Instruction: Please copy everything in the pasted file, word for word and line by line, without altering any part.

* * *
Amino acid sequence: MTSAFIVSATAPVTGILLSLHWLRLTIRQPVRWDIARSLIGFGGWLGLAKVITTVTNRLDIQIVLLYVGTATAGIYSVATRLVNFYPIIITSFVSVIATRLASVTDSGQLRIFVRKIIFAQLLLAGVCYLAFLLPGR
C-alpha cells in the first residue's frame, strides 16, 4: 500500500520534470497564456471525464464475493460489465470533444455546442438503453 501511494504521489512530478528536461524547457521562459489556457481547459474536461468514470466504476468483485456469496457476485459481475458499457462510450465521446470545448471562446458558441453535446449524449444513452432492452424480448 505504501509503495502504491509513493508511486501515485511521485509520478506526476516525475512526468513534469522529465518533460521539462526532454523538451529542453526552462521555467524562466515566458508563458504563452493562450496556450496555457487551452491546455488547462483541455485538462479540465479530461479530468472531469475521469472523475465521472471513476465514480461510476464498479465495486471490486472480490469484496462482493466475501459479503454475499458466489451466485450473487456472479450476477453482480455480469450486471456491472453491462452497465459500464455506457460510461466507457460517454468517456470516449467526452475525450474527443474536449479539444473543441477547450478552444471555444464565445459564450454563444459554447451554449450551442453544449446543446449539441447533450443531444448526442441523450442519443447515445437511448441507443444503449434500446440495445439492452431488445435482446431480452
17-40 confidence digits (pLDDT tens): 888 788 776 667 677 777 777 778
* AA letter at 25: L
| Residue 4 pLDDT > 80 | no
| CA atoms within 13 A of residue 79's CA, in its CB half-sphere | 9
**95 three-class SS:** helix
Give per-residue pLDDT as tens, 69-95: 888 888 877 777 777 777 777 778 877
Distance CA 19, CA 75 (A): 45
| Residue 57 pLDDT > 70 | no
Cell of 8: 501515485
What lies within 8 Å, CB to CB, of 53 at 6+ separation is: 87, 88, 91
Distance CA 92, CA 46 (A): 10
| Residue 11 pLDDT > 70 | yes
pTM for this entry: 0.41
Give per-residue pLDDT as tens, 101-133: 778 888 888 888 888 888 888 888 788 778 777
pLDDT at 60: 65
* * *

Amino acid sequence: MTSAFIVSATAPVTGILLSLHWLRLTIRQPVRWDIARSLIGFGGWLGLAKVITTVTNRLDIQIVLLYVGTATAGIYSVATRLVNFYPIIITSFVSVIATRLASVTDSGQLRIFVRKIIFAQLLLAGVCYLAFLLPGR
C-alpha cells in the first residue's frame, strides 16, 4: 500500500520534470497564456471525464464475493460489465470533444455546442438503453 501511494504521489512530478528536461524547457521562459489556457481547459474536461468514470466504476468483485456469496457476485459481475458499457462510450465521446470545448471562446458558441453535446449524449444513452432492452424480448 505504501509503495502504491509513493508511486501515485511521485509520478506526476516525475512526468513534469522529465518533460521539462526532454523538451529542453526552462521555467524562466515566458508563458504563452493562450496556450496555457487551452491546455488547462483541455485538462479540465479530461479530468472531469475521469472523475465521472471513476465514480461510476464498479465495486471490486472480490469484496462482493466475501459479503454475499458466489451466485450473487456472479450476477453482480455480469450486471456491472453491462452497465459500464455506457460510461466507457460517454468517456470516449467526452475525450474527443474536449479539444473543441477547450478552444471555444464565445459564450454563444459554447451554449450551442453544449446543446449539441447533450443531444448526442441523450442519443447515445437511448441507443444503449434500446440495445439492452431488445435482446431480452
17-40 confidence digits (pLDDT tens): 888 788 776 667 677 777 777 778
* AA letter at 25: L
| Residue 4 pLDDT > 80 | no
| CA atoms within 13 A of residue 79's CA, in its CB half-sphere | 9
**95 three-class SS:** helix
Give per-residue pLDDT as tens, 69-95: 888 888 877 777 777 777 777 778 877
Distance CA 19, CA 75 (A): 45
| Residue 57 pLDDT > 70 | no
Cell of 8: 501515485
What lies within 8 Å, CB to CB, of 53 at 6+ separation is: 87, 88, 91
Distance CA 92, CA 46 (A): 10
| Residue 11 pLDDT > 70 | yes
pTM for this entry: 0.41
Give per-residue pLDDT as tens, 101-133: 778 888 888 888 888 888 888 888 788 778 777
pLDDT at 60: 65